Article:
Since Zinc may deplete copper I'd like to avoid causing other harm. (Which makes me wonder why they don't add a tiny bit of copper to zinc supps to avoid this sort of issues)

    Colostrum: being a derivate of dairy does it contain lactose? That's another no-no for me even in minute doses :(

    Thanks
  15. PeterPositive

    PeterPositive Senior Member

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    One more thing about diet.
    Years ago I was suggested to cut all gluten-based cereals and replace them with rice, quinoa etc... to see if there was any intolerance on that front and to relieve inflammation. I thought it would make sense.

    I went ahead and replaced regular bread, pasta etc... with rice cakes, millet, buckwheat and similar non-gluten products.

    Unfortunately after a few weeks my abdominal discomfort peaked to new unexpected levels, and when I stopped the experiment and returned to wheat the extra problem went away.

    In retrospect I think the issue was that many of these non gluten products contain more fiber (such as rice cakes, buckwheat) and they can worsen a leaky gut. So it's not always a great idea to introduce more fibrous foods :(

    I also did experiment with other gluten free products that use alternative starches etc... but they seemed of relatively low quality in terms of ingredients and nutrition values.

    What's your experience with a gluten free diet?
  16. MeSci

    MeSci ME/CFS since 1995; activity level 6

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    I think that my only experience from just cutting out gluten was a very-welcome loss of excess weight!

    I think that my health improvements only became apparent a few months later when I reduced grains and sugar. Summary details on Information section of my profile.

    So I needed a more general rethink on what to eat rather than just replacing gluten-containing foods with similar but gluten-free foods. I do use some of the latter (notably bread) but have generally moved towards palaeo, although not completely.

    BTW there is a very good site providing info on supplements, although you need to bear in mind the fact that the studies cited are not necessarily on ME/CFS patients, who may respond differently.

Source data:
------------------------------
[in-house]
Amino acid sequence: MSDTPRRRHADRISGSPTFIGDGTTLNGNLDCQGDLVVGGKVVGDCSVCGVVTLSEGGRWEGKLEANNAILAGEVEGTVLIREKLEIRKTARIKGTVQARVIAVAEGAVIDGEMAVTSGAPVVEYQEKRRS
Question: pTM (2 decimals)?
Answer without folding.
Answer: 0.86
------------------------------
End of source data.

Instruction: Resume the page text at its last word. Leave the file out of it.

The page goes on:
17. PeterPositive

    PeterPositive Senior Member

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    I had the same effect, but I didn't need to loose weight! :eek: I guess, that's because most of our gluten-based products are based on refined flours that convert mostly to sugar and make you crave for more.

    I can clearly feel the difference with a dish of white pasta and the same amount of whole rice or quinoa. With the former I get hungry again much earlier and crave for sweets :rolleyes:
  18. MeSci

    MeSci ME/CFS since 1995; activity level 6

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    Not sure about the connection with refined flours, as gluten-free stuff is quite heavy in refined flours too, I think. I think it is at least partly due to an effect of the gluten itself - maybe an inflammatory one?

    Having said that, I think that soon after I went gluten-free I tried substituting non-grain foods for grains - especially bread, which I used to eat quite a lot of. But I didn't much like the alternatives. I'm back to gluten-free bread again now, having found a good, cheap one, and my weight has stayed normal. My weight decreased until I was a healthy weight, then stopped.
  19. Leopardtail

    Leopardtail Senior Member

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    Peter,

    I am not expert enough to give a 'super authoritative' answer but a couple of obvious things spring to mind. First even in healthy people a sudden massive increase in fibre can cause severe abdominal pain - any change should be gradual. Second many products with Gluten also contain a lot of vitamin B1 - it might be worth supplementing that for a month to see what happens.

    Leo
  20. PeterPositive

    PeterPositive Senior Member

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    Hi, Leo
    switching to a non gluten diet can be dramatic and I did not do it gradually, which easily explains the problems.

    As regards B1, good point. Didn't know about the connection with gluten products. In any case my B complex has quite a lot of active B1 (25mg) and it's sublingual so I should be covered.

    cheers